The World Health Organization said on Tuesday that 5,322 laboratory-confirmed cases of monkeypox had been reported to it in the current outbreak, 85% of which are in Europe.
Though case numbers are rapidly increasing, the United Nations health agency has not set a date for its emergency committee on monkeypox to convene for a second meeting.
“From Jan 1 to June 30 this year, we have 5,322 laboratory-confirmed cases and one death,” WHO spokeswoman Fadela Chaib told reporters in Geneva.
The number has increased by 56% in eight days. The previous figure given by the WHO, for the period up to June 22, was 3,413 cases.
A surge in monkeypox cases has been reported since early May outside the West and Central African countries where the disease has long been endemic.
Chaib said infections had now been reported in 53 countries.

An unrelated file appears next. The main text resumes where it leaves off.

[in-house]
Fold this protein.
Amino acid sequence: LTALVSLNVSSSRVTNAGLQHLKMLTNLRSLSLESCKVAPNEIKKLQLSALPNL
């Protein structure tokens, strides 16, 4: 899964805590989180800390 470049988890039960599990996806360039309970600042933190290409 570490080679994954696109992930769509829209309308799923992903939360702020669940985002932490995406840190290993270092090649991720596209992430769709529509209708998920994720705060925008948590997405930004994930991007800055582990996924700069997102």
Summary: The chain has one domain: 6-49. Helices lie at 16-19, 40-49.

“Eighty-five percent of cases are in Europe, followed by the African region, the Americas, the Eastern Mediterranean and the Pacific,” she said.
“The WHO continues to ask countries to pay particular attention to monkeypox cases to try to stop further infections.”
Most monkeypox infections so far have been observed in men who have sex with men, of young age and chiefly in urban areas, according to the WHO.
The normal initial symptoms of monkeypox include a high fever, swollen lymph nodes and a blistery chickenpox-like rash.
On June 23, the UN health agency convened an emergency committee of experts to decide if monkeypox constitutes a so-called Public Health Emergency of International Concern (PHEIC) – the highest alarm that the WHO can sound.
But a majority found the situation had not yet crossed that threshold.
However, they acknowledged the emergency nature of the outbreak and said controlling its further spread required intense response efforts.
The committee can reconvene at any time, depending on the changing situation.
The WHO’s 16-member emergency committee on monkeypox is chaired by Jean-Marie Okwo-Bele from the Democratic Republic of Congo, who is a former director of the WHO’s Vaccines and Immunisation Department.